And yet still fashion is the star of the show. And that’s important, because what fashion manages to do is bring together art and commerce in a way few other mediums can. To say the sole appeal is the art side of things would be dangerous, and not at all because only one or two challenges each season actually focus on clothes as “art” (though the distinction between “fashion” and “clothes,” a nebulous one to begin with, is often at the heart of the judging). No, there’s only been one true “art”-based reality show.
For a moment, and to the horror of New York Magazine‘s Jerry Saltz, let’s remember Work of Art, the show judged by Saltz and that also promised artists $100k and, more substantially, a solo show at the Brooklyn Museum. This was in 2010, years after the popular peak of Project Runway, so the motivation to create a show that followed PR‘s format, only in a less commercial, more exclusive industry, is head-scratching. To say nothing of the fact that photographers were being judged against painters and performance artists — all very different forms of art, all serving different purposes and capable of expressing different things — there’s just no way to objectively judge art. The art industry exists only in scare quotes, and trends are unpredictable and based more on name than talent. There’s also the mystique surrounding art’s creation, that art is spontaneous and not made-to-order. However untrue that might be, to see artists given tasks and then struggle to create art to fit these tasks, and to then be judged on it? Not good fun.
The products being designed by the Big Name Designers might not land in your closet, but their knock-off cousins surely will. And yet we often have very little insight as to how those clothes are made, or what kind of thoughts go into them.
Other fashion-based shows have come and gone, sure, the most egregious of which was Shear Genius, simply because, well, that title. The newest “fashion” show to thrive is RuPaul’s Drag Race, aired on LOGO, another TV channel that caters to gay men and is willing to foster fledgling shows. But Drag Race is, more than maybe any other competitive show on television, dependent on personalities — just look at the name of the thing. It’s also less about fashion and more about performance, as even the fashion design element is performative. But at least the contestants here obtain success in the drag community, which translates to real-life opportunities. And that’s something that Project Runway just can’t seem to do for its contestants.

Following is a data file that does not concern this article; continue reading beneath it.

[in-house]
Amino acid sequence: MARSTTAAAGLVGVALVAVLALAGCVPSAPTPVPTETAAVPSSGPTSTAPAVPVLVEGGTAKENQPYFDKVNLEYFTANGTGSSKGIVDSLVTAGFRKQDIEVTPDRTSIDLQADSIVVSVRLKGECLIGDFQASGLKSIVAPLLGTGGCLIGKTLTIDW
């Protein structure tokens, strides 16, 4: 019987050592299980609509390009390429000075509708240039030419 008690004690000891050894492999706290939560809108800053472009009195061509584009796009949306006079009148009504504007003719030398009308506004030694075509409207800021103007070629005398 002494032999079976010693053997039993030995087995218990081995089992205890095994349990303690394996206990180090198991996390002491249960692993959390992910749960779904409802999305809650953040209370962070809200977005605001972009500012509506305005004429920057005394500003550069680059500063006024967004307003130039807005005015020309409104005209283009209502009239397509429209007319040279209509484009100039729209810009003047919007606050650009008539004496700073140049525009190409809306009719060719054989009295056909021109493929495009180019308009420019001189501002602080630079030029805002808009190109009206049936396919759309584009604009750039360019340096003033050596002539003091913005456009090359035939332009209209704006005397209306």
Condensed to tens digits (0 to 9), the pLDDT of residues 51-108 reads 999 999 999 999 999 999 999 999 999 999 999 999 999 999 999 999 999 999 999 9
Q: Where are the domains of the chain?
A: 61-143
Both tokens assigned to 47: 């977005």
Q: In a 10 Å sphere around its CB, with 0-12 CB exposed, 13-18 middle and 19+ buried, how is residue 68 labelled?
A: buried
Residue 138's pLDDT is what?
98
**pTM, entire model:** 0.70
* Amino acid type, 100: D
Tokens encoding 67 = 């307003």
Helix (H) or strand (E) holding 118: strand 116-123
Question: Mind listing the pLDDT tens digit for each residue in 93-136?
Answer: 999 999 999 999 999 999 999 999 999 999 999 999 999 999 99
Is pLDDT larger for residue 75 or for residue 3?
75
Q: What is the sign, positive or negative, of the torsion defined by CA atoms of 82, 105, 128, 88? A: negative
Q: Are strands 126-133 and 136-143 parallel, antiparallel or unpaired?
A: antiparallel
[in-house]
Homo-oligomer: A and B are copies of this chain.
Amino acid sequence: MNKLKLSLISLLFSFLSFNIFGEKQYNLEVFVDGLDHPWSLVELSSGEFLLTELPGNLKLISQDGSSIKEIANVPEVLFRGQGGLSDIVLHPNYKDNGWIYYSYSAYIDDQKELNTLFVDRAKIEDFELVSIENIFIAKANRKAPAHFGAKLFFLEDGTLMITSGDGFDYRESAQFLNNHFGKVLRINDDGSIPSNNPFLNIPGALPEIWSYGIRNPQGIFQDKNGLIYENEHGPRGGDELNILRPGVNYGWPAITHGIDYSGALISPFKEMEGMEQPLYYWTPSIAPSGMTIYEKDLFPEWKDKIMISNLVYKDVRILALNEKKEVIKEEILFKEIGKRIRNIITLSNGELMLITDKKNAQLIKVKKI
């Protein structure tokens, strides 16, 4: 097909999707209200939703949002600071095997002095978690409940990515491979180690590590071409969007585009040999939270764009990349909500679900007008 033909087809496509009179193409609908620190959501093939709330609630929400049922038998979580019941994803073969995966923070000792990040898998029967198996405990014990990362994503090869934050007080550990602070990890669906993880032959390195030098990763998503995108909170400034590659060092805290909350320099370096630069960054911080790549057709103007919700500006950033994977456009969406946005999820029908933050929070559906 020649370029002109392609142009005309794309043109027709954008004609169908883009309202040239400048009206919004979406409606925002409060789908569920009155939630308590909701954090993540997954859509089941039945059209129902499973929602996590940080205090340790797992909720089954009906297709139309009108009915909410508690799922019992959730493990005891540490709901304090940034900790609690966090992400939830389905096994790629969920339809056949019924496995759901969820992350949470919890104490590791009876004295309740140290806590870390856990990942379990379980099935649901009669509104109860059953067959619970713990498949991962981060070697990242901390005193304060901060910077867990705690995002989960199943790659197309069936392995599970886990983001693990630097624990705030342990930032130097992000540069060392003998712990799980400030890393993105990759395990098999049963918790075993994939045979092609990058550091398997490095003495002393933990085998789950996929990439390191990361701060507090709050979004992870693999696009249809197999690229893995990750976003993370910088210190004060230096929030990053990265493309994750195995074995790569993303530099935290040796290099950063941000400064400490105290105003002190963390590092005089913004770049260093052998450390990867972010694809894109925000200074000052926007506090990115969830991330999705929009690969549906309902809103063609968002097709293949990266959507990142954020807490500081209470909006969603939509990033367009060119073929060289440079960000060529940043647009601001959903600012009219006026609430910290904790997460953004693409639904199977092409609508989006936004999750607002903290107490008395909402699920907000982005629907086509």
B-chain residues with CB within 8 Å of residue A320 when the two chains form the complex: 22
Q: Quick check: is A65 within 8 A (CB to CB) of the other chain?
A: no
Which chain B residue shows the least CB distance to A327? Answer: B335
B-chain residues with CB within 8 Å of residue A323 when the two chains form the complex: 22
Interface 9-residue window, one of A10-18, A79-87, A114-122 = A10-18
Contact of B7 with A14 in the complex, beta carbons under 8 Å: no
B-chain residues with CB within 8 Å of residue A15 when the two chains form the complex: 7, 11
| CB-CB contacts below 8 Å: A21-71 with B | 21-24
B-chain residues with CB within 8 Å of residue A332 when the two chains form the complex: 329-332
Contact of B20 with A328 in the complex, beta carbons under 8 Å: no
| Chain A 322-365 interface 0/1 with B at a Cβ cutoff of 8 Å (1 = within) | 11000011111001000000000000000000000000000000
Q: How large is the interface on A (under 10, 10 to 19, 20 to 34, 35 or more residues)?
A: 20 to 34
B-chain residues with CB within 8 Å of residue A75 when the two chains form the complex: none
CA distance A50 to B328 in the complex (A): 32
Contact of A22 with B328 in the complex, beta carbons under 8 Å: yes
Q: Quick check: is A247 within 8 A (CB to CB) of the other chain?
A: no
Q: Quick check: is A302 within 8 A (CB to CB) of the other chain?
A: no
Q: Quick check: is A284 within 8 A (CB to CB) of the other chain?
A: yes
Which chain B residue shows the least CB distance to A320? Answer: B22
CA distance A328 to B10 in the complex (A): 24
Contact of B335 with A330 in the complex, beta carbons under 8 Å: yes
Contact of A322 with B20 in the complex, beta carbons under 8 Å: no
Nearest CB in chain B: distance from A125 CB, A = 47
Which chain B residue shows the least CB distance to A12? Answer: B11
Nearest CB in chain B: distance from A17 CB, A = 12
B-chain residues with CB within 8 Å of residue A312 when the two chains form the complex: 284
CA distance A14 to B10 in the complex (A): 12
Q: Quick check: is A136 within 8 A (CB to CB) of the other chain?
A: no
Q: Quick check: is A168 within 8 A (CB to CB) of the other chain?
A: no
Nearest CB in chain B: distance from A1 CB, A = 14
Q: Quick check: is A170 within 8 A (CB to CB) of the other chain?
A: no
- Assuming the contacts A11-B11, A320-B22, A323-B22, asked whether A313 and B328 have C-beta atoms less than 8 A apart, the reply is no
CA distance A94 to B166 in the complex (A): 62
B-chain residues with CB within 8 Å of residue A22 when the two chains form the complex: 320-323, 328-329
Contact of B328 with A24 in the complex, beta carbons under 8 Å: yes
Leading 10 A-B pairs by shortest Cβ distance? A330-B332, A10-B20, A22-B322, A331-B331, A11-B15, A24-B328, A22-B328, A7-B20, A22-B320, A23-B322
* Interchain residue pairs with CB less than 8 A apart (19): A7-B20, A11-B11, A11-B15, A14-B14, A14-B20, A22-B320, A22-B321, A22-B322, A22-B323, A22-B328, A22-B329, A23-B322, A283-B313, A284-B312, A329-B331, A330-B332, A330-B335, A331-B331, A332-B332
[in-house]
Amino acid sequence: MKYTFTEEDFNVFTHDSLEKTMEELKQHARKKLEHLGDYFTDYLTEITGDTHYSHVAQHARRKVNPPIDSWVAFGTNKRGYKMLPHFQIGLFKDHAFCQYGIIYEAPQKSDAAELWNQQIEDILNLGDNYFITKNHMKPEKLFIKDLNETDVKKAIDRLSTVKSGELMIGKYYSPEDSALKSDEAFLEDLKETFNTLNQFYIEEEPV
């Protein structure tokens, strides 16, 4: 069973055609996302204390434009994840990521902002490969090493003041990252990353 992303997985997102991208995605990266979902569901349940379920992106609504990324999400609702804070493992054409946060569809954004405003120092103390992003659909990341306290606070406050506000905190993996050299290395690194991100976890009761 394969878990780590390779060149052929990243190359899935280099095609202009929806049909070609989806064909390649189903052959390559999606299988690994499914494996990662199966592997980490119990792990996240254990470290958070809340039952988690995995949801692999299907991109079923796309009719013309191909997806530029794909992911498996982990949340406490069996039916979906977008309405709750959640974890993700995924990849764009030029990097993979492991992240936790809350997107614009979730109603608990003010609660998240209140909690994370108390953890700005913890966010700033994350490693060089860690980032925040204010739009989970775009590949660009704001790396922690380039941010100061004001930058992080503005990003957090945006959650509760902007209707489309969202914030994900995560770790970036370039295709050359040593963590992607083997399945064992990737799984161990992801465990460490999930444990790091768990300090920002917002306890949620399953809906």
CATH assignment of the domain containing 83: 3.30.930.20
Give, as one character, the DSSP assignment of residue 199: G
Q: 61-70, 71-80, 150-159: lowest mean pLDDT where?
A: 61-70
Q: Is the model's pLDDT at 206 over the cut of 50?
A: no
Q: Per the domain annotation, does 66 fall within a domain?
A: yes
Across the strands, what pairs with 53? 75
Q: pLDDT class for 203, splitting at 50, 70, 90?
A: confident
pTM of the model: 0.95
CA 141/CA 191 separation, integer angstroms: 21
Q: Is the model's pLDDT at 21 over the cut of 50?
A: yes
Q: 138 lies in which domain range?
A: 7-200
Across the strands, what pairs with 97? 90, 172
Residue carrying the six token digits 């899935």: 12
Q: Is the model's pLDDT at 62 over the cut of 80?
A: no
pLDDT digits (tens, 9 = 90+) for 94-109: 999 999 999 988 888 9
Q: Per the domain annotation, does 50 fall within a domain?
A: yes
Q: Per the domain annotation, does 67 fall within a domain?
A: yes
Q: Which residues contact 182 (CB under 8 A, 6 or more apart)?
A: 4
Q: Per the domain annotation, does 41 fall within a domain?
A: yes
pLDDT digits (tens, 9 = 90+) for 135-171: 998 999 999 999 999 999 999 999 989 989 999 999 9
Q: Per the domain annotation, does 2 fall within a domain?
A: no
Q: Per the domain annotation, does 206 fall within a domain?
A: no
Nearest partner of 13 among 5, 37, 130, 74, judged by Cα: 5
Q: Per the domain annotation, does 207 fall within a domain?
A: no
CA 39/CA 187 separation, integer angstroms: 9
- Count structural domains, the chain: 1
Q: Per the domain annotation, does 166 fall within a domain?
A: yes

That very few of the show’s designers obtain A-list level says more about the fashion industry than the talent of designers. Christian Siriano is one of the few winners who has parlayed televised success to flesh-and-bones stardom, but his strong talent was backed by an absurd and lovable personality and a decidedly business-minded approach, even from the beginning. All evidence elsewhere points to the show’s contestants not being welcomed within the fashion industry, but insiders’ unwillingness to accept newcomers is well-documented — just look at Kanye.
And this failure to launch a star has maybe hurt the show’s ratings, but it hasn’t hurt the show’s quality. In fact, as paths to success in fashion change and social network numbers begin to translate into market value, the visibility of appearing on Project Runway could, in the coming years, be more influential than ever on a designer’s commercial success. Who needs a boutique when you’ve got 100,000 Instagram followers who will buy whatever you’re willing to sell? And that’s great and all, but it doesn’t even really matter. Because, for one reason or another — whether it’s All Stars‘ returning talent, the charm of Tim Gunn, the wit of Heidi and the judges, or the fascination with capital-F Fashion — each season of the show manages to entertain and educate as much as the last. It is, without a doubt, the reason many men know what the word peplum means. And isn’t the world better for it?